A magnum opus from John Hollenbeck up there with Royal Toast.
Vocalist Theo Bleckmann provides a benign serenity to the title track right at the beginning, the album bookended by ''blessings'' posited initially against the gently lapping piano-playing of Gary Versace, later with a more mystical dressing.
A who's who of well known jazz players join the drummer-composer Hollenbeck, best known for the Claudia quintet.
Conducted by JC Sanford, compositions are Hollenbeck's.
After the low profile opening 'Folkmoot' has a ritualistic uptempo minimalist bee-in-a-hive quality that completely changes the mood.
The 18-piece band never seems like a juggernaut; the more that you delve the more ''classical'' avant garde A Blessing not so much anti-swing more swing-averse becomes (I'm thinking Webern a bit on 'RAM'). For rhythmic impetus 'Weiji' provides this in abundance – oh, and a good dollop of implied anarchy too.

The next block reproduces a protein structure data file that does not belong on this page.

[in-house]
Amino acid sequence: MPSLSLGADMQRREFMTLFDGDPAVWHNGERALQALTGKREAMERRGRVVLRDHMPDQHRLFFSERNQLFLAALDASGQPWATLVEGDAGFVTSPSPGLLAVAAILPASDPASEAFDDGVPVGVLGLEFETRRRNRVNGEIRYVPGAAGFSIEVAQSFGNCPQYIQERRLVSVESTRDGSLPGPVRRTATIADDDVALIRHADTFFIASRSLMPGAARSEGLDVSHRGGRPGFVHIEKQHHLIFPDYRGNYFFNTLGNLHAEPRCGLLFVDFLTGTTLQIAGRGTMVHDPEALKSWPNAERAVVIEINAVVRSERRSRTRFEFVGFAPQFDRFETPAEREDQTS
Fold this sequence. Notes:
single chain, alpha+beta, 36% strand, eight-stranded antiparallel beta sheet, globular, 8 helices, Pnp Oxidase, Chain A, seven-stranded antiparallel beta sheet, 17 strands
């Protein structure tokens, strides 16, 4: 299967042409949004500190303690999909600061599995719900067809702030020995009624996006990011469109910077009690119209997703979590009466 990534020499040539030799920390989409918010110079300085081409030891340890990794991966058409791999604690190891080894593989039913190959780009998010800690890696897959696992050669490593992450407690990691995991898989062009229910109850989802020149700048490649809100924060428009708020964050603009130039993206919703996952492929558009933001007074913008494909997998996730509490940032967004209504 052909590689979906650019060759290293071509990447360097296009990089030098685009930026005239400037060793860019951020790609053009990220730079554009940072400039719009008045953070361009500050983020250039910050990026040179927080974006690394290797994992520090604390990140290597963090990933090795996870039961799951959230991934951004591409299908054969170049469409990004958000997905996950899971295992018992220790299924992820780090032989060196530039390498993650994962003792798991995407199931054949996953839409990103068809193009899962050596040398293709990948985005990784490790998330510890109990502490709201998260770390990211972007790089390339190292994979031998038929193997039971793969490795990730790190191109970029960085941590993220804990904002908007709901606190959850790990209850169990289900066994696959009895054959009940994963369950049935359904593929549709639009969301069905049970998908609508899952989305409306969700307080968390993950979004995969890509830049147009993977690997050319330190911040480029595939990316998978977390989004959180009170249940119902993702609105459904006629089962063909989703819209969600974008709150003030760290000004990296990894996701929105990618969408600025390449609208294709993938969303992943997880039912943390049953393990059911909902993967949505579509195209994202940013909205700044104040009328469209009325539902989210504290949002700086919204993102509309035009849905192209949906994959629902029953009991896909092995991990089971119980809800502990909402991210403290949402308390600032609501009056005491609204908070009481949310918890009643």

Hollenbeck has a panoramic sense as a composer which is one of the reasons A Blessing works so well. 'Abstinence' is very much a where-have-we-got-to track if you listen in sequence and you need patience here be warned or you might just skip this puzzler too soon; 'April in Reggae' is the most accessible and least interesting. Finally, back to where we began in terms of benediction: a very different blessing to the opening variation on this theme, Bleckmann the shaman. SG
Out in April. John Hollenbeck, photo, top: Bandcamp